AN overseas holiday used to be thought of as a reward for a year’s hard work. Now Brussels has declared that tourism is a human right and pensioners, youths and those too poor to afford it should have their travel subsidised by the taxpayer.
Under the scheme, British pensioners could be given cut-price trips to Spain, while Greek teenagers could be taken around disused mills in Manchester to experience the cultural diversity of Europe.
The idea for the subsidised tours is the brainchild of Antonio Tajani, the European Union commissioner for enterprise and industry, who was appointed by Silvio Berlusconi, the Italian prime minister.
The scheme, which could cost hundreds of millions of pounds a year, is intended to promote a sense of pride in European culture, bridge the north-south divide in the continent and prop up resorts in their off-season.
Tajani, who unveiled his plan last week at a ministerial conference in Madrid, believes the days when holidays were a luxury have gone. “Travelling for tourism today is a right. The way we spend our holidays is a formidable indicator of our quality of life,” he said.
Tajani, who used to be transport commissioner, said he had been able to “affirm the rights of passengers” in his previous office and the next step was to ensure people’s “right to be tourists”.
The European Union has experience of subsidised holidays. In February the European parliament paid contributions of up to 52% towards an eight-day skiing trip in the Italian Alps for 80 children of Eurocrats.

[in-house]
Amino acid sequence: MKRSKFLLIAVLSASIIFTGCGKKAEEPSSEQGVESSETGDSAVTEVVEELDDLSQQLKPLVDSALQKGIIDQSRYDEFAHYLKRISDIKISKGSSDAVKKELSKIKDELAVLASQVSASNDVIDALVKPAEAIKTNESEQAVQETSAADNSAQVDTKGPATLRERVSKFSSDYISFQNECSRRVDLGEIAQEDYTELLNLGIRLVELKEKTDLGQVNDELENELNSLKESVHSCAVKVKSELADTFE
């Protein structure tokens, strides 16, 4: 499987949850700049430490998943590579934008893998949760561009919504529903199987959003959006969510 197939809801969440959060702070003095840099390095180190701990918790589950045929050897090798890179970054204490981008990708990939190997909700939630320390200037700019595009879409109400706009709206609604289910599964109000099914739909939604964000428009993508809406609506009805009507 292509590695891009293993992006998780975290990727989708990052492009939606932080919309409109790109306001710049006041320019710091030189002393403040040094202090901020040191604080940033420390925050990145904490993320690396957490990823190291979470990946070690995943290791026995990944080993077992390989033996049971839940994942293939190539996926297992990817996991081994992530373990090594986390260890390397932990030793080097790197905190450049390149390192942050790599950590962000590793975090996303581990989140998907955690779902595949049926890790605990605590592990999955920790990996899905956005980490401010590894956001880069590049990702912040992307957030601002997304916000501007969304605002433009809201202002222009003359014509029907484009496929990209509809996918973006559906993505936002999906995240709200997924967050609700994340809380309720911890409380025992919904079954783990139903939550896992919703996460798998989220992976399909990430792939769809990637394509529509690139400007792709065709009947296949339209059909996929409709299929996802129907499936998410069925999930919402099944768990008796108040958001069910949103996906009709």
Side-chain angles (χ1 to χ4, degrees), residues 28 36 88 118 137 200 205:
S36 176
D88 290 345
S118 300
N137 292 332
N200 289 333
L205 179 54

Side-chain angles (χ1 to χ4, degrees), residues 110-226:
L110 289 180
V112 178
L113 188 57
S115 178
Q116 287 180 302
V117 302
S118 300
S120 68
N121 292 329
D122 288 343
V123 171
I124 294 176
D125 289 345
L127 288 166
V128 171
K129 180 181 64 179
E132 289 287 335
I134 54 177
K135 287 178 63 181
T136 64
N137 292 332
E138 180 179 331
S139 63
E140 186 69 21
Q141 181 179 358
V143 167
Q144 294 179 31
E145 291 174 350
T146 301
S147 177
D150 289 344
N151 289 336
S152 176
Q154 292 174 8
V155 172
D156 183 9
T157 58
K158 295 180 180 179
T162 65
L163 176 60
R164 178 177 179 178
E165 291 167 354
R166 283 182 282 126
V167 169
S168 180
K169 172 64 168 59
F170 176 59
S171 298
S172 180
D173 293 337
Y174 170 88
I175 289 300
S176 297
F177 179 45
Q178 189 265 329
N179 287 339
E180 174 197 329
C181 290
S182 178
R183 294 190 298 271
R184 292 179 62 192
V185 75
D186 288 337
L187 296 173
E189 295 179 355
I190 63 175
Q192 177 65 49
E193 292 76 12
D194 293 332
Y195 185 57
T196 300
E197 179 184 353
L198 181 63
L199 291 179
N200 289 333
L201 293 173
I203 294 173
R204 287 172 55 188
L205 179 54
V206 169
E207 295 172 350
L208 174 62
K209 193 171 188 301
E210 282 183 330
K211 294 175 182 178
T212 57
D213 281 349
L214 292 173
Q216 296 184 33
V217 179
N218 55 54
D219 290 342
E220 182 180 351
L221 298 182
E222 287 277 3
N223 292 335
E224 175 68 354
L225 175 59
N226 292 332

Tajani’s programme will be piloted until 2013 and then put into full operation. It will be open to pensioners and anyone over 65, young people between 18 and 25, families facing “difficult social, financial or personal” circumstances and disabled people. The disabled and the elderly can be accompanied by one person.
In the initial phase, northern Europeans will be encouraged to visit southern Europe and vice versa. Details of how participants are chosen have not yet been finalised, but it is expected the EU will subsidise about 30% of the cost.
Officials have envisaged sending south Europeans to Manchester and Liverpool on a tour of “archeological and industrial sites” such as closed factories and power plants.
Tajani’s spokesman said: “Why should someone from the Mediterranean not be able to travel to Edinburgh in summer for a breath of cool, fresh air; why should someone from Edinburgh not be able to travel to Greece in winter?”
The idea is based on a project in Spain in which holidays in the winter off-season are subsidised by the government for European residents aged 55 and over. Spain calculated that for every €1 it spent in subsidies, €1.6 was gained for its resorts.